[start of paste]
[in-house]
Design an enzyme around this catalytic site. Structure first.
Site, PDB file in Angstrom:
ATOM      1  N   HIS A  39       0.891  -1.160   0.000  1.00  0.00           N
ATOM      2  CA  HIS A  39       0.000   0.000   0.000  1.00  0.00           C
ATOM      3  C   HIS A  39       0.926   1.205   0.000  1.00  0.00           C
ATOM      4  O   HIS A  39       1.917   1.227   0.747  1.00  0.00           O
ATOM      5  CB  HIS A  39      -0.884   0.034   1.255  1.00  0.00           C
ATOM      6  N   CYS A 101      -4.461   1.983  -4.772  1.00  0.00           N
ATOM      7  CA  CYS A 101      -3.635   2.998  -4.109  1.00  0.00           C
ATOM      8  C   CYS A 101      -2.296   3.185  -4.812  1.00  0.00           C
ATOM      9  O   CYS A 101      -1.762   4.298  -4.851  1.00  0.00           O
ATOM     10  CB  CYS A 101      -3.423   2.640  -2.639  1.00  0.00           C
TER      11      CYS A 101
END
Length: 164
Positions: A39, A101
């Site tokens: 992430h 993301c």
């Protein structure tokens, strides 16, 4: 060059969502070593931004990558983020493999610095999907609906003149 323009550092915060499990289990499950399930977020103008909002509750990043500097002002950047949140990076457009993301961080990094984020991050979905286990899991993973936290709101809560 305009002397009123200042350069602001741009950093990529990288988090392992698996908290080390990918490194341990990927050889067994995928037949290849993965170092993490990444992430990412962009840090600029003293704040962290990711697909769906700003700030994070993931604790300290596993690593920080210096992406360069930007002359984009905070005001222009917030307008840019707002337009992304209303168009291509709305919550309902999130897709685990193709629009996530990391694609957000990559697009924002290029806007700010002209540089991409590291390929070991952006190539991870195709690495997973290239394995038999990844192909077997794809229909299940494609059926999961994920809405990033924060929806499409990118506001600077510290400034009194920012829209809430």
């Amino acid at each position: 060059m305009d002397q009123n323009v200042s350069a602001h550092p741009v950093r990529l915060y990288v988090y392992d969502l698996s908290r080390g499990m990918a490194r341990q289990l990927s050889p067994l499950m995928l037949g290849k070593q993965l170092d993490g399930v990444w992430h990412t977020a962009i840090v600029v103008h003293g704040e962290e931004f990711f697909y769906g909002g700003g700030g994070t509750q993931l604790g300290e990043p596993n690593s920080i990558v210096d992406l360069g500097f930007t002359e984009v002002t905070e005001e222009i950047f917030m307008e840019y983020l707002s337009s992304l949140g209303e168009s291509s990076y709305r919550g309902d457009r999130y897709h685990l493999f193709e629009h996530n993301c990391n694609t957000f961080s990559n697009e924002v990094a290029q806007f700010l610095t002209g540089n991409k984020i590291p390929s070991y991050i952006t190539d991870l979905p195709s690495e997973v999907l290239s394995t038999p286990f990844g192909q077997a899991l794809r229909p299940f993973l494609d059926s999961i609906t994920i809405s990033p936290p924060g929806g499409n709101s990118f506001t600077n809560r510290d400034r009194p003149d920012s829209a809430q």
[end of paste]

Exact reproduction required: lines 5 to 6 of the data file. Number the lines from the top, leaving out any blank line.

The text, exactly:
ATOM      2  CA  HIS A  39       0.000   0.000   0.000  1.00  0.00           C
ATOM      3  C   HIS A  39       0.926   1.205   0.000  1.00  0.00           C